He rolled his eyes and smoothed his own dapper suit as if to reassure himself that one of them at least was blessed with fashion sense. “I didn’t tell you to dress like Mary Catherine Parochial meets GI Jane.”
“What, the boots, you mean?” She gazed down the navy nyloned length of her legs to her lace-up boots and the bit of scrunched sox that topped them. “They’re navy; they go.”
“Sure, if you’re bucking for the Best Dressed Combat Soldier Who Ever Rolled a Schoolgirl award. Why don’t you just throw on a set of cammies and be done with it? I can probably scrounge up some green and brown eye-shadow– we’ll camouflage your face, too.”
She scowled at him. “You said put on a skirt; I stopped at home and put on a skirt. I’m sorry if it isn’t up to your high standards of sartorial elegance, but I’m a security specialist, not a debutante. I don’t wear heels, Reg, so you can just forget it. I’d be useless if I needed to run.”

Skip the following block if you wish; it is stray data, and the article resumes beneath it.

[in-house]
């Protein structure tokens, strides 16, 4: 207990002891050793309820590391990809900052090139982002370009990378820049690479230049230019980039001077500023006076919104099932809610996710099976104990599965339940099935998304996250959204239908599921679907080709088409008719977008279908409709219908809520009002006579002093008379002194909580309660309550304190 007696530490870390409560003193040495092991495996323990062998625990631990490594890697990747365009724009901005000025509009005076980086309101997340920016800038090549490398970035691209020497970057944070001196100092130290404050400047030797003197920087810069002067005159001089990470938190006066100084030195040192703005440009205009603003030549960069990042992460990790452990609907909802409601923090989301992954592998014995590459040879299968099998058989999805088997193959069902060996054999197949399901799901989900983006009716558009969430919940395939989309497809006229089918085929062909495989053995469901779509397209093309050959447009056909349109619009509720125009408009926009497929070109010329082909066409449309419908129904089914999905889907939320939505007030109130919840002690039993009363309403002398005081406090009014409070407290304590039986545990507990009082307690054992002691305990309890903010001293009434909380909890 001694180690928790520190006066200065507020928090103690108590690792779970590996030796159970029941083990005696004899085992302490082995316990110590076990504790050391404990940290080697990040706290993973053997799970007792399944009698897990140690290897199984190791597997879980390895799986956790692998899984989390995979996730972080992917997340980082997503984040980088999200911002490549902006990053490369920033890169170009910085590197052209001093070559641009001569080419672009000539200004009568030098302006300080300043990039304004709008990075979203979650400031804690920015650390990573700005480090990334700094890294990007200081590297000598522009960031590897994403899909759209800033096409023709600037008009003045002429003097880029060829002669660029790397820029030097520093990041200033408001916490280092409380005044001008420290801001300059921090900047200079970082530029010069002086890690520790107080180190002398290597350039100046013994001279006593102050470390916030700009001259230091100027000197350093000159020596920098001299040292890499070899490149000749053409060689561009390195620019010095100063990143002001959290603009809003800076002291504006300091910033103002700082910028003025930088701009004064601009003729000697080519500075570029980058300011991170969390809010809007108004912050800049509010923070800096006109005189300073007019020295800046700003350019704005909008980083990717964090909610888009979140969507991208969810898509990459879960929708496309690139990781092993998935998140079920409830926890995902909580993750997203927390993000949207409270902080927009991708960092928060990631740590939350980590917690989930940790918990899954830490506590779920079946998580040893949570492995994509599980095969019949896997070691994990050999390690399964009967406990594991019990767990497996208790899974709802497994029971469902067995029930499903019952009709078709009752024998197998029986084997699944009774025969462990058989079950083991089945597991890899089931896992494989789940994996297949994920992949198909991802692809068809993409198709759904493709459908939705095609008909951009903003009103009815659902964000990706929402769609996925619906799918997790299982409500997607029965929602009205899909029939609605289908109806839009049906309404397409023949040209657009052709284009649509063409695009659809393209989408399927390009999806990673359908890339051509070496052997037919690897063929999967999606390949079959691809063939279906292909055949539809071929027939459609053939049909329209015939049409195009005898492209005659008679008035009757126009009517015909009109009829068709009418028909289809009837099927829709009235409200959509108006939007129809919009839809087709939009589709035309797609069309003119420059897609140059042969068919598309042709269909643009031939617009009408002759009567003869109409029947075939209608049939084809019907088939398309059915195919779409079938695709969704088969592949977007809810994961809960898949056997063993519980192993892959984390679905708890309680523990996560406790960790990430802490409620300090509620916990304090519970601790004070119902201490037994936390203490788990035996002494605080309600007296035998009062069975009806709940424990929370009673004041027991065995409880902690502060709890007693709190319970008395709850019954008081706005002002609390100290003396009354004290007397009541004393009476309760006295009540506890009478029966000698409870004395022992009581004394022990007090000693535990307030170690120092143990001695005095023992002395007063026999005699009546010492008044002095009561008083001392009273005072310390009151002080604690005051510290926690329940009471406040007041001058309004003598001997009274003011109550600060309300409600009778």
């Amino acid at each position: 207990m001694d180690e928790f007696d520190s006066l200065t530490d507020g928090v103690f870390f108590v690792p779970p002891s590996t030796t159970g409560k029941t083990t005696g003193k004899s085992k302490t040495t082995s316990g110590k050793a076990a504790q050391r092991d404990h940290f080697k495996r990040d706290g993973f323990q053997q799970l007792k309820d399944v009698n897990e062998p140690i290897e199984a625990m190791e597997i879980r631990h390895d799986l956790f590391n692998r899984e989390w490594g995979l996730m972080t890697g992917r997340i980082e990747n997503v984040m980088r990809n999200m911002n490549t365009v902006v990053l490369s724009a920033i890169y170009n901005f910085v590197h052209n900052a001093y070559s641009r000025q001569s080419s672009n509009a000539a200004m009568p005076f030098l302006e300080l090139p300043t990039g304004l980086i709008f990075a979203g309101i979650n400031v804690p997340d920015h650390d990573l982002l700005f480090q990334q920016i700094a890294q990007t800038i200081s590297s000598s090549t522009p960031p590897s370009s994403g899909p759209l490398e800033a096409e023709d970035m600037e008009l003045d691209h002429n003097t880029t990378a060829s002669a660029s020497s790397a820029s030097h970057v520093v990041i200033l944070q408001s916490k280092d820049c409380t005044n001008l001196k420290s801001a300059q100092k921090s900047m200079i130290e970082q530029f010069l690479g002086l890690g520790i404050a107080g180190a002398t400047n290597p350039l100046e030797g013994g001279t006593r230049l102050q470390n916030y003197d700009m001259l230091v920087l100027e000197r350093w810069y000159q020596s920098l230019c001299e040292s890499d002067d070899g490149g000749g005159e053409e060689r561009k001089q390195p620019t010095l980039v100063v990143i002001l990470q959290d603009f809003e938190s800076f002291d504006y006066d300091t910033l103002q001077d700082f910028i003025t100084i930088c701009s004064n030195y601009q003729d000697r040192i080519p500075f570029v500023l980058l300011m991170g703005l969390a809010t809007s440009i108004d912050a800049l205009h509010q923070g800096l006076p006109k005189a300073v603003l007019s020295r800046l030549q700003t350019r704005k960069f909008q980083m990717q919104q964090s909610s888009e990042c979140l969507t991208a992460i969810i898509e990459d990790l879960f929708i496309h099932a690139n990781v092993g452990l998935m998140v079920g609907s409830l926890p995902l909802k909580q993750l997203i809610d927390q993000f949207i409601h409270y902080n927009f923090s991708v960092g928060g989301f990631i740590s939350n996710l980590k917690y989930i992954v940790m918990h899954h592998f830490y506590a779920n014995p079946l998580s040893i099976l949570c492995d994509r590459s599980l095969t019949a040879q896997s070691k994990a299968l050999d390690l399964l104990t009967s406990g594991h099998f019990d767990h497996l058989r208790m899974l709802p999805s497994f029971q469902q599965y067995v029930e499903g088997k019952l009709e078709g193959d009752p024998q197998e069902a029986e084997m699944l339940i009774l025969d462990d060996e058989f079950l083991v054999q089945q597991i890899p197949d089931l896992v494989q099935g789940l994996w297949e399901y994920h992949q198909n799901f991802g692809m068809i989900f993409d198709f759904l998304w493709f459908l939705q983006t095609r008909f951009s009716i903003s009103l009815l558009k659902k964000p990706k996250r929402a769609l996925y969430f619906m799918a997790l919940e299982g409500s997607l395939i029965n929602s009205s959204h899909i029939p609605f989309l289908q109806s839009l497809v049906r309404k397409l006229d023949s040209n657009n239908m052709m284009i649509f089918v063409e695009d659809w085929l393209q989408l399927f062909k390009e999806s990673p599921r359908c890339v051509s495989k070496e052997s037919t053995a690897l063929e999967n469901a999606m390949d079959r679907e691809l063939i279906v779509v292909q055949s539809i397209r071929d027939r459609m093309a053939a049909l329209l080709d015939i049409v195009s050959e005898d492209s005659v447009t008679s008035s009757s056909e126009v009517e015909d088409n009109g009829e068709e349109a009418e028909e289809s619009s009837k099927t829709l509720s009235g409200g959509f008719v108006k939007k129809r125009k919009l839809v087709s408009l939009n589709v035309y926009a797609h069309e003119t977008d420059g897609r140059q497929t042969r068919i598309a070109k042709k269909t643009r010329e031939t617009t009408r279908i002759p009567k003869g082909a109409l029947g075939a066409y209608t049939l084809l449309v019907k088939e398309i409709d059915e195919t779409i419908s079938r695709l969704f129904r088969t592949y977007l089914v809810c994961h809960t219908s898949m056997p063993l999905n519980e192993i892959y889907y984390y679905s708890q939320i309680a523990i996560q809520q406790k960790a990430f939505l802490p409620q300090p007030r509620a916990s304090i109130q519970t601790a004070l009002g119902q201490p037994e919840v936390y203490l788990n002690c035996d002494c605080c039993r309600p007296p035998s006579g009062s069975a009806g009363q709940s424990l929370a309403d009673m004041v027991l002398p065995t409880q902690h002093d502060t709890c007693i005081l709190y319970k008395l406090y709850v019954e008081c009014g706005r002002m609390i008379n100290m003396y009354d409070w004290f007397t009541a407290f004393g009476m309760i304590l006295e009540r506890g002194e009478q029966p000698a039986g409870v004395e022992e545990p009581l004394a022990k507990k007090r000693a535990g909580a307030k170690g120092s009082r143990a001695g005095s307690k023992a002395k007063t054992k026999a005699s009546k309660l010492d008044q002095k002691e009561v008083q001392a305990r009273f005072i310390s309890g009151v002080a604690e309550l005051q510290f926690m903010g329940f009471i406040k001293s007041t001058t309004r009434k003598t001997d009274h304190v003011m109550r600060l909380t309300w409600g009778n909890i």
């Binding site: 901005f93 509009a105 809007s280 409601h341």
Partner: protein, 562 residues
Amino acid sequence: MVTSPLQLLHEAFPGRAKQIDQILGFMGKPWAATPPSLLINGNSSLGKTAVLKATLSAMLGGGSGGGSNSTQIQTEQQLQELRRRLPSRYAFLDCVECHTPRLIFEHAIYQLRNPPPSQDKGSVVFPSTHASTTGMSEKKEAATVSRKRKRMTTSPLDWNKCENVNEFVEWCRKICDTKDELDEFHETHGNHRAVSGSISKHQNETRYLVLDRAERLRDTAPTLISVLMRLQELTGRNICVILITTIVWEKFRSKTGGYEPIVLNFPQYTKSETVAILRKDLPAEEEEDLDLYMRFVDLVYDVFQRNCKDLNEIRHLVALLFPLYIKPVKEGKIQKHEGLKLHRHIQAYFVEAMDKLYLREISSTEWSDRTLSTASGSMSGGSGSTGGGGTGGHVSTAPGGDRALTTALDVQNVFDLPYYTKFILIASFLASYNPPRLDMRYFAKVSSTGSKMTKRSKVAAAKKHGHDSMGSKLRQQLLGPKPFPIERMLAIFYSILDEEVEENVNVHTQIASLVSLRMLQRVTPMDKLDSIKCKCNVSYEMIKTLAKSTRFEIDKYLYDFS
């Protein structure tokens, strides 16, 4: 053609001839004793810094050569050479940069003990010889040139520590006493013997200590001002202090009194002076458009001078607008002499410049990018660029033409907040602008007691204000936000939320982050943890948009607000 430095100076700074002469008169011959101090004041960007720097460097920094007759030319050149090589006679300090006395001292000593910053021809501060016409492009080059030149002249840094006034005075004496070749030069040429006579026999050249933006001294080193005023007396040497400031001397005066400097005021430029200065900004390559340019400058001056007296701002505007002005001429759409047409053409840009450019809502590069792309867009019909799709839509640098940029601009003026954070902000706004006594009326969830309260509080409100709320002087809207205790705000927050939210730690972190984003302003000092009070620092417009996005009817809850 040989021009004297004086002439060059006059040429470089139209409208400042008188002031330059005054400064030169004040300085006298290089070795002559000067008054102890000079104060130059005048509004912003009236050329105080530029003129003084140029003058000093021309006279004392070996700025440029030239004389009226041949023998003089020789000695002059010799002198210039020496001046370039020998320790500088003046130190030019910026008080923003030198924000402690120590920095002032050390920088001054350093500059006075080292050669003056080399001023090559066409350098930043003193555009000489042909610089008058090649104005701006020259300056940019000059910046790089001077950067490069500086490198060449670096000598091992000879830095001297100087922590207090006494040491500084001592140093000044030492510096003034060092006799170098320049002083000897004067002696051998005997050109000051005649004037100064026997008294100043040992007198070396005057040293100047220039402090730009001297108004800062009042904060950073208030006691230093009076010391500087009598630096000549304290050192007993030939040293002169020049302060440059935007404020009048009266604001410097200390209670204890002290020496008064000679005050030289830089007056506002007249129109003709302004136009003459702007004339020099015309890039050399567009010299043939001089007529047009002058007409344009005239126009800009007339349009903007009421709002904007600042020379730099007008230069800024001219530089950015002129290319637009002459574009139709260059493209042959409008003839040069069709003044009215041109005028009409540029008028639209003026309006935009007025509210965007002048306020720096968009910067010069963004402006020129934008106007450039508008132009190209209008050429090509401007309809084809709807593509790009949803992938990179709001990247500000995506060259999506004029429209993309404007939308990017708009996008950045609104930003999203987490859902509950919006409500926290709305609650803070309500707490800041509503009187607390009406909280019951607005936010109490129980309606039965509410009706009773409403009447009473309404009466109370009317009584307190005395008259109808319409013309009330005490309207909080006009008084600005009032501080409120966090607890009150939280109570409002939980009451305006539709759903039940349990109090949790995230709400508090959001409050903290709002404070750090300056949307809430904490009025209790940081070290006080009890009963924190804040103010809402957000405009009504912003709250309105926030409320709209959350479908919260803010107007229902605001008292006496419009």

“It’s my fondest hope that the only running you’ll need to do is straight to the bank to deposit this new client’s check.” Reggie gave her outfit a final disparaging glance before he turned back to his computer, muttering, “That’s if he gives us a check once he gets a gander at your idea of professional attire.”
Knowing it made him crazy to be loomed over, Daisy slapped her hands down on his desk and leaned her weight on them. “Maybe, unlike most men,” she said between her teeth, “he’ll actually have half a brain in his head and realize this isprofessional. Granted, it’s not dress-for-success banker pinstripes, but it’s eminently suitable for a woman he’d like to guard his ass.”
Reggie was clearly unimpressed, and she straightened. “For crying out loud, Reg. Who is this guy, anyway– the crown Prince of England?”
“Close,” said a cool voice from the door behind her.
No. Oh, dear God, please; no. Her heart pounding an erratic tattoo against her ribs, Daisy slowly pivoted, hoping against hope that her ears had played a trick on her.
They hadn’t. It was exactly who she’d feared it would be. Nick Coltrane. The last man in the world she wanted to see.